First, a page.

[Deep Focus]
"Goddamned street racers!"

On the strength of The Fast and the Furious and last year's Pitch Black, Vin Diesel has pretty much proven himself the new king of the Hollywood B-movie. An intimidating physical presence with a bald head, a glare that can cut right though you and a voice that feels like skidding across asphalt, Diesel invests his dialogue with a balled-up authenticity that could make a comic book play like Shakespeare.

The Fast and the Furious has a sort of comic-book aesthetic. It fetishizes metal and speed, cooly displaying the casual hedonism of a car-racing subculture. Introducing conflict into that volatile mix, it pits a blonde comer with a smart mouth and lofty aspirations against Diesel's intimidating yet fundamentally good-natured street warlord. Brian, the new kid on the block, is played by Paul Walker, a Keanu Reeves soundalike with California hair. When he shows up at an illicit street race ready to wager away a car that looks like a green M&M, the verbal sparring between him and Diesel's Dominic is inarguably clichéd but still, on some level, galvanizing.

It doesn't hurt that, in my theater, the thrum of the super-tweaked engines roaring under the hoods of various hotrods on display made a little rattling noise in my chest. There's no denying the pleasurable sensations of a widescreen action movie played at high decibels, and the film canisters containing this one should bear one of those cheesy notices that you used to find on rock albums every once in a while: "This movie is meant to be played LOUD!!!"

Even at lower volumes, I'll bet the first street-racing scene would be an incredible spectacle. I've carefully avoided director Rob Cohen's previous films (they include The Skulls, Dragonheart and Daylight), but damned if he doesn't come up with entirely new ways to photograph a car race. As the drivers strap in, you see them check out the nitrous oxide canisters stashed in the back, or underneath the cushions of the passenger seat. After they take off, Cohen’s camera races right alongside the cars, peering in first one window and then another as the world whips by outside. And when somebody punches one of the little black buttons on their dashboards that ignite the NOS burners, well, the world outside goes a little woozy. (The split-second shot actually reminded me immediately of Stan Brakhage’s avant-garde classic short "Anticipation of the Night.") It all plays to terrific effect, and if the film stretches a race that should take maybe 10 seconds at most to a couple of minutes in length, chalk it up to poetic license. These scenes left me breathless.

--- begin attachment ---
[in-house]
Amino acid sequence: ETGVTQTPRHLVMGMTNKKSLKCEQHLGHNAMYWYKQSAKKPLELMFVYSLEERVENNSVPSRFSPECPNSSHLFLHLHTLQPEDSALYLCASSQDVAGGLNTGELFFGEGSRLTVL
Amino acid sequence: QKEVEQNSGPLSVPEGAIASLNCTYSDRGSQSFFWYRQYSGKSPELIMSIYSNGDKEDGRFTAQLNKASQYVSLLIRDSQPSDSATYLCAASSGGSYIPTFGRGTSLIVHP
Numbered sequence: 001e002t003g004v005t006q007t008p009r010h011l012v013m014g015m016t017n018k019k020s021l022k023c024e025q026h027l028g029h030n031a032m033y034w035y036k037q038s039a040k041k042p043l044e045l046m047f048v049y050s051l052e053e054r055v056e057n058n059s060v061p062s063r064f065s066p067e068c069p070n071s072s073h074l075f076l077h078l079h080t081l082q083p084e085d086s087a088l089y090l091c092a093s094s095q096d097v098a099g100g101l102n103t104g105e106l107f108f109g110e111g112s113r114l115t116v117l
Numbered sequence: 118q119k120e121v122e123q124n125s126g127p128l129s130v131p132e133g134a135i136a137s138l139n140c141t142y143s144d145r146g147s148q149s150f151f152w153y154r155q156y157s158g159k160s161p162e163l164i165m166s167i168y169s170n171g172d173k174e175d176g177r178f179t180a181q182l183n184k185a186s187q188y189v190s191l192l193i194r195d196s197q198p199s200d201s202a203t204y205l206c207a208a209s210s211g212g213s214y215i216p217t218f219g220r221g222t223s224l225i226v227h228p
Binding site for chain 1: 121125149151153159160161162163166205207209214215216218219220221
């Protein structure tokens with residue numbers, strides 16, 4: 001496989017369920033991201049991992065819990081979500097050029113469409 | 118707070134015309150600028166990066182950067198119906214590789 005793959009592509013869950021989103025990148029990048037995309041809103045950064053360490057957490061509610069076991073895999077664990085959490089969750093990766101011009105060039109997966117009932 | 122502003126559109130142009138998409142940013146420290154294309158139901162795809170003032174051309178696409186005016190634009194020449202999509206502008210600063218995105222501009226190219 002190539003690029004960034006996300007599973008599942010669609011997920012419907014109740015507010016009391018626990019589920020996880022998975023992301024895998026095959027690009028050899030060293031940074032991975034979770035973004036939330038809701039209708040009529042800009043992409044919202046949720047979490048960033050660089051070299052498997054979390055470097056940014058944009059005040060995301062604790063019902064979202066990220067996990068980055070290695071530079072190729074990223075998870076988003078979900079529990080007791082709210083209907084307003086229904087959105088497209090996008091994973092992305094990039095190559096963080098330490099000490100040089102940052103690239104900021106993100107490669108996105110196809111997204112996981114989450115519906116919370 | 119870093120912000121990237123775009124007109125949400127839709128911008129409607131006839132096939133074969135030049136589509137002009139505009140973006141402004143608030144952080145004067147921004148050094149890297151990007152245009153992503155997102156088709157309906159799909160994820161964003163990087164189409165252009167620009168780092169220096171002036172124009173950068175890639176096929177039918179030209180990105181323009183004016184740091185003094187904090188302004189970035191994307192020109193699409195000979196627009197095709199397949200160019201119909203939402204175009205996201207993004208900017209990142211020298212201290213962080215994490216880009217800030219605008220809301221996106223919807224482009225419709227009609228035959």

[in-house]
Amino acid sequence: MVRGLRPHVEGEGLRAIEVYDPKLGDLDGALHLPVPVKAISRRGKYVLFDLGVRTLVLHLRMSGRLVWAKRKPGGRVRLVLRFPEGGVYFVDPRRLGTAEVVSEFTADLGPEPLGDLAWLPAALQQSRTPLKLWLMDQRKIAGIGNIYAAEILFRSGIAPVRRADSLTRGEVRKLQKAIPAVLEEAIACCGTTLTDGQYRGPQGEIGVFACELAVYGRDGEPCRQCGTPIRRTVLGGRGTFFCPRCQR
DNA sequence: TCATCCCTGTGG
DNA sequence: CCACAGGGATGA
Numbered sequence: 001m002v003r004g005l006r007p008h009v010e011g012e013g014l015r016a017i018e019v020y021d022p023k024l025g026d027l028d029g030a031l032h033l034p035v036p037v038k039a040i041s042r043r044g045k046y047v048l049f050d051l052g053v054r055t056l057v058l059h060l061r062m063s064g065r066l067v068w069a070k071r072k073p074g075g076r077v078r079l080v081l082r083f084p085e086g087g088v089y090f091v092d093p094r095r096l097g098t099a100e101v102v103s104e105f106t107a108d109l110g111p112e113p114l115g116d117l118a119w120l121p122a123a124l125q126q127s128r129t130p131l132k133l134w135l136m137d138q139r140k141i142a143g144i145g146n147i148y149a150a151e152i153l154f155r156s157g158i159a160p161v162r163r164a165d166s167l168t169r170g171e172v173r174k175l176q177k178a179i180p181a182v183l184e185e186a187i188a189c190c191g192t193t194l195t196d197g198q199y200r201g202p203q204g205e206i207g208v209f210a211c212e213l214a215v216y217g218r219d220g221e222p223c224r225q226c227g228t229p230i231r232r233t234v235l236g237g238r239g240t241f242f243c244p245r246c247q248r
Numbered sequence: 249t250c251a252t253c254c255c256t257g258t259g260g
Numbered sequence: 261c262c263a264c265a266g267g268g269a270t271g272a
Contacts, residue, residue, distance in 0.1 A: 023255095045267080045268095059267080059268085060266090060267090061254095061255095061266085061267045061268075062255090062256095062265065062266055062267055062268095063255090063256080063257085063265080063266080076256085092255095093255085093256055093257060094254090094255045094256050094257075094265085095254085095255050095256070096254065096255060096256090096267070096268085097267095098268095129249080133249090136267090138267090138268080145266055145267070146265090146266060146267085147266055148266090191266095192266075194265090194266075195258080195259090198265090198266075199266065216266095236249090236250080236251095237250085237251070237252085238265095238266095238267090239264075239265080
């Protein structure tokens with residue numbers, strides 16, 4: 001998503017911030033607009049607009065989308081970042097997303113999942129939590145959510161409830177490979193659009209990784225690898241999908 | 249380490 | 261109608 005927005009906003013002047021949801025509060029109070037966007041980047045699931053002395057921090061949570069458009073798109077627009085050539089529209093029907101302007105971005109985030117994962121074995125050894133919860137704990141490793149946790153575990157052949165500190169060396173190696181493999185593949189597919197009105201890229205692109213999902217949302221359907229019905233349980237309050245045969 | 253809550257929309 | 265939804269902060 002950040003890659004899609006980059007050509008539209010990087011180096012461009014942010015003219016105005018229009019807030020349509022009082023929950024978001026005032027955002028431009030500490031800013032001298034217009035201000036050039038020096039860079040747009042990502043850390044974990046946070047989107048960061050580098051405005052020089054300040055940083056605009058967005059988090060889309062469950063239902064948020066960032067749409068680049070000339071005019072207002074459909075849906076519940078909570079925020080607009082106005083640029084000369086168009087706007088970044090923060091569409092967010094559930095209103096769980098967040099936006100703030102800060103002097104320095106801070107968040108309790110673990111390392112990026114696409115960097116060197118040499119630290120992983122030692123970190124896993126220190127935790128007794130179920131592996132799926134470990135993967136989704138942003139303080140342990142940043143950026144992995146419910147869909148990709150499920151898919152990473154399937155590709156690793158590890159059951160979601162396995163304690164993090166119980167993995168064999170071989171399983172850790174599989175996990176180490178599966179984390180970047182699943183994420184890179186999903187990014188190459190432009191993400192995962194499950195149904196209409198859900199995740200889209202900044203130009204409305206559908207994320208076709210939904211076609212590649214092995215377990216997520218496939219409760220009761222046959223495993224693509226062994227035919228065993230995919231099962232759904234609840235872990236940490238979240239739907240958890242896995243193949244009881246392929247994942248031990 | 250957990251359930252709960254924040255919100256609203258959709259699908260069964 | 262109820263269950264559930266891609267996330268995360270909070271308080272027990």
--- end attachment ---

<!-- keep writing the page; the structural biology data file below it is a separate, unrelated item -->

The outrageous visual fireworks are so much fun, in fact, that they give the film a momentum that keeps it hurtling past the many familiar signposts at the side of its narrative road. The character types populating the clandestine street races may be derivative, but they're played with really entertaining brio by a mostly good-looking cast that includes the swaggering Michelle Rodriguez (Girlfight) as Vin's girl, Matt Schulze as the muscled lug who's ready to pound Brian into the pavement at every turn, Chad Lindberg as an ADD-afflicted computer whiz and rapper Ja Rule in a funny cameo that demonstrates winning really is all that matters.

Granted, much of what passes for character development is revealed as cheap formula by later plot twists, and the film winds up spinning its wheels so hard in the final few reels that the actions of the main characters become increasingly capricious. For instance, it's awfully hard to believe that Dominic's sister (Jordana Brewster) would react with anything but shock and unallayed anger at Brian's eventual admission that he's been lying to her and has betrayed her brother. (Sure, they’ve slept together, but it doesn’t wash that a short-term love affair would trump the bonds of family in this situation.) And the emotional climax, in which Brian has to choose where his loyalties really lie, is tossed off so that it doesn't really connect, even on its own B-movie terms -- unless you read the picture as a love story between Brian and Dominic. And, hell, maybe that’s what it is.

What really matters is that all of these plot machinations are good enough to get the movie where it needs to go -- in this case, it's a daring, high-speed highway robbery that goes awry in an incredible set piece that recalls Raiders of the Lost Ark and The Road Warrior. The last Hollywood film I can remember that had action sequences this thrilling was called Face/Off. I have no idea how much CGI assistance the filmmakers got, but it sure doesn't show. The stuntwork feels 100 percent real. Another last-minute car chase features the stunning special-effect of one car literally tumbling sideways over another one, and the image is photographed and edited in such a way that it's utterly credible and absolutely jaw-dropping. If it can ease its teat-suckling reliance on obviously computer-animated fare (like the climax of last year's incredibly stupid Gone in 60 Seconds) and get back to making movies that take place in what feels like real physical space, Hollywood may yet save the soul of the action movie.

Directed by Rob Cohen
Written by Gary Scott Thompson, Erik Bergquist, and David Ayer
Story by Thompson from a magazine article by Ken Li
Cinematography by Ericson Core
Edited by Peter Honess
Starring Vin Diesel and Paul Walker
USA, 2001

Theatrical aspect ratio: 2.35:1 (Super 35)
Screened at Loews Palisades Center, New York, NY

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